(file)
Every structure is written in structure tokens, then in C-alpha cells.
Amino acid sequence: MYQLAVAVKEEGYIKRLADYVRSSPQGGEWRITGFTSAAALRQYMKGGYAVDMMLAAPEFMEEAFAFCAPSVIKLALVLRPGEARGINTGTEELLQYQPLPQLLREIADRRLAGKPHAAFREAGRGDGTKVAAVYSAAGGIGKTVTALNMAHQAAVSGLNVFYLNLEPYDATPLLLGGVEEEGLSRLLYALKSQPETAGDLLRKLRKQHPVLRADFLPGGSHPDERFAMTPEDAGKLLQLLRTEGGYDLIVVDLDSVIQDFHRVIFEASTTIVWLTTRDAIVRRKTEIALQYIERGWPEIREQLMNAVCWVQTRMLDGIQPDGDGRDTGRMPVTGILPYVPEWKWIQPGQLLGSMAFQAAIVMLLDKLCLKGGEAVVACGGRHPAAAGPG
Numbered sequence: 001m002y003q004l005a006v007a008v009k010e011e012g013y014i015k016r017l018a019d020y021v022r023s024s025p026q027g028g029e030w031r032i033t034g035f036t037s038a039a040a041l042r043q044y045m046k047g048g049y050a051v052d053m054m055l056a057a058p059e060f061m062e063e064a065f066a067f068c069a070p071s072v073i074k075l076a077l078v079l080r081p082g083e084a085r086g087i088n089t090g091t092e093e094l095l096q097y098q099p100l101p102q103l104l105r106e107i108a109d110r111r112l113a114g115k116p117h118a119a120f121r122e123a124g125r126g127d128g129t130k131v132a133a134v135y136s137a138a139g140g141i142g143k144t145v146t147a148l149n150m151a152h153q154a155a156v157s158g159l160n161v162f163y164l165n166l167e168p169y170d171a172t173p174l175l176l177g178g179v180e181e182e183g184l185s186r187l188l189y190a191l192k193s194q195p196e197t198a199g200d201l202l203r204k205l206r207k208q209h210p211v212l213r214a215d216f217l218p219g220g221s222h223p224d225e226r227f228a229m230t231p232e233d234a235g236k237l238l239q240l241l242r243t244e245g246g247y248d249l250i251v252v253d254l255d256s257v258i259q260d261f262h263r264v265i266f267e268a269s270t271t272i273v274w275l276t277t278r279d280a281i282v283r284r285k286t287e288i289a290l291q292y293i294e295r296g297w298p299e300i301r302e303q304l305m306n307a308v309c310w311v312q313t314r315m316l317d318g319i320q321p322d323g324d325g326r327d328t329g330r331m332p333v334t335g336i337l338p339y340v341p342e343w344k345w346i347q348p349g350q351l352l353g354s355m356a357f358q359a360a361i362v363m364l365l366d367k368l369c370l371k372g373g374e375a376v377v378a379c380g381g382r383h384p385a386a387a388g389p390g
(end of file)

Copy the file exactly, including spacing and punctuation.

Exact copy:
Every structure is written in structure tokens, then in C-alpha cells.
Amino acid sequence: MYQLAVAVKEEGYIKRLADYVRSSPQGGEWRITGFTSAAALRQYMKGGYAVDMMLAAPEFMEEAFAFCAPSVIKLALVLRPGEARGINTGTEELLQYQPLPQLLREIADRRLAGKPHAAFREAGRGDGTKVAAVYSAAGGIGKTVTALNMAHQAAVSGLNVFYLNLEPYDATPLLLGGVEEEGLSRLLYALKSQPETAGDLLRKLRKQHPVLRADFLPGGSHPDERFAMTPEDAGKLLQLLRTEGGYDLIVVDLDSVIQDFHRVIFEASTTIVWLTTRDAIVRRKTEIALQYIERGWPEIREQLMNAVCWVQTRMLDGIQPDGDGRDTGRMPVTGILPYVPEWKWIQPGQLLGSMAFQAAIVMLLDKLCLKGGEAVVACGGRHPAAAGPG
Numbered sequence: 001m002y003q004l005a006v007a008v009k010e011e012g013y014i015k016r017l018a019d020y021v022r023s024s025p026q027g028g029e030w031r032i033t034g035f036t037s038a039a040a041l042r043q044y045m046k047g048g049y050a051v052d053m054m055l056a057a058p059e060f061m062e063e064a065f066a067f068c069a070p071s072v073i074k075l076a077l078v079l080r081p082g083e084a085r086g087i088n089t090g091t092e093e094l095l096q097y098q099p100l101p102q103l104l105r106e107i108a109d110r111r112l113a114g115k116p117h118a119a120f121r122e123a124g125r126g127d128g129t130k131v132a133a134v135y136s137a138a139g140g141i142g143k144t145v146t147a148l149n150m151a152h153q154a155a156v157s158g159l160n161v162f163y164l165n166l167e168p169y170d171a172t173p174l175l176l177g178g179v180e181e182e183g184l185s186r187l188l189y190a191l192k193s194q195p196e197t198a199g200d201l202l203r204k205l206r207k208q209h210p211v212l213r214a215d216f217l218p219g220g221s222h223p224d225e226r227f228a229m230t231p232e233d234a235g236k237l238l239q240l241l242r243t244e245g246g247y248d249l250i251v252v253d254l255d256s257v258i259q260d261f262h263r264v265i266f267e268a269s270t271t272i273v274w275l276t277t278r279d280a281i282v283r284r285k286t287e288i289a290l291q292y293i294e295r296g297w298p299e300i301r302e303q304l305m306n307a308v309c310w311v312q313t314r315m316l317d318g319i320q321p322d323g324d325g326r327d328t329g330r331m332p333v334t335g336i337l338p339y340v341p342e343w344k345w346i347q348p349g350q351l352l353g354s355m356a357f358q359a360a361i362v363m364l365l366d367k368l369c370l371k372g373g374e375a376v377v378a379c380g381g382r383h384p385a386a387a388g389p390g